‘It’s another shock’

Russell Williams’s victims hope photo evidence will remain sealed

'It's another shock'

Andy Lloyd: "Not looking for apology", just truth and Col. Williams in court last week; Sean Kilpatrick/CP/ Steve Russell/Toronto Star/CP

The actual sentence is not up for debate. First-degree murder carries a mandatory punishment of life behind bars with no chance of parole for 25 years, and when Russell Williams officially pleads guilty next week, his fate will be no different. The disgraced colonel will be transferred to a federal penitentiary, locked in isolation for his own safety, and left to wonder—until his 72nd birthday—whether it’s even worth applying to the National Parole Board.

If he’s as smart as everyone says, Williams already knows the answer: he will remain in prison until the day he dies.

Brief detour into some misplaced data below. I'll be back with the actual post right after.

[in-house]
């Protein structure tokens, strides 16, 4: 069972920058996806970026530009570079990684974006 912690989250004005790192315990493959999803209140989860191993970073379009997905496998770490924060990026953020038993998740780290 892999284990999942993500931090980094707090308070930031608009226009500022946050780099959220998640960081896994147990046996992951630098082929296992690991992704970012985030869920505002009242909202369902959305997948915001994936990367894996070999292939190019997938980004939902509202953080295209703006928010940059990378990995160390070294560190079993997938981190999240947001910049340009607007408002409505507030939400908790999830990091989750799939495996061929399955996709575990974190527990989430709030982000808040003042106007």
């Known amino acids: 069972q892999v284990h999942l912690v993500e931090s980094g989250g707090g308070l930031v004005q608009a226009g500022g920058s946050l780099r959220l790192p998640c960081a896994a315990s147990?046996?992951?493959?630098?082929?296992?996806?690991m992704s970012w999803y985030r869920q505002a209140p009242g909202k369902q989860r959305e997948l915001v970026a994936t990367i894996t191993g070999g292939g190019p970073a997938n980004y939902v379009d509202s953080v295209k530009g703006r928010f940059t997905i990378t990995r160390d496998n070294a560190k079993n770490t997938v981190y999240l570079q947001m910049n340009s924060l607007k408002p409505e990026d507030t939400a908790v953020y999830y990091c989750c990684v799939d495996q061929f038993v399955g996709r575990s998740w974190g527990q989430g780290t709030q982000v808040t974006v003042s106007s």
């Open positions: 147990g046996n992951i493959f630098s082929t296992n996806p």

But not before spending a few more hours inside a Belleville, Ont., courtroom, explaining to a judge—and his many, many victims—how he managed to conceal an elaborate double life as a serial stalker while busy commanding the country’s largest air force base, CFB Trenton. As part of his historic guilty plea, Williams must submit an “agreed statement of facts” that should finally shed some light on what sparked his unthinkable crime spree of two homicides, two home-invasion sexual assaults, and dozens of bizarre break-ins that targeted women’s underwear.

RELATED: LIVE BLOG from inside Col. Russell Williams’ hearing, day 2

Exactly what Williams plans to say will remain a mystery until the hearing begins Oct. 18. But it’s now clear that the evidence against him is nothing short of overwhelming.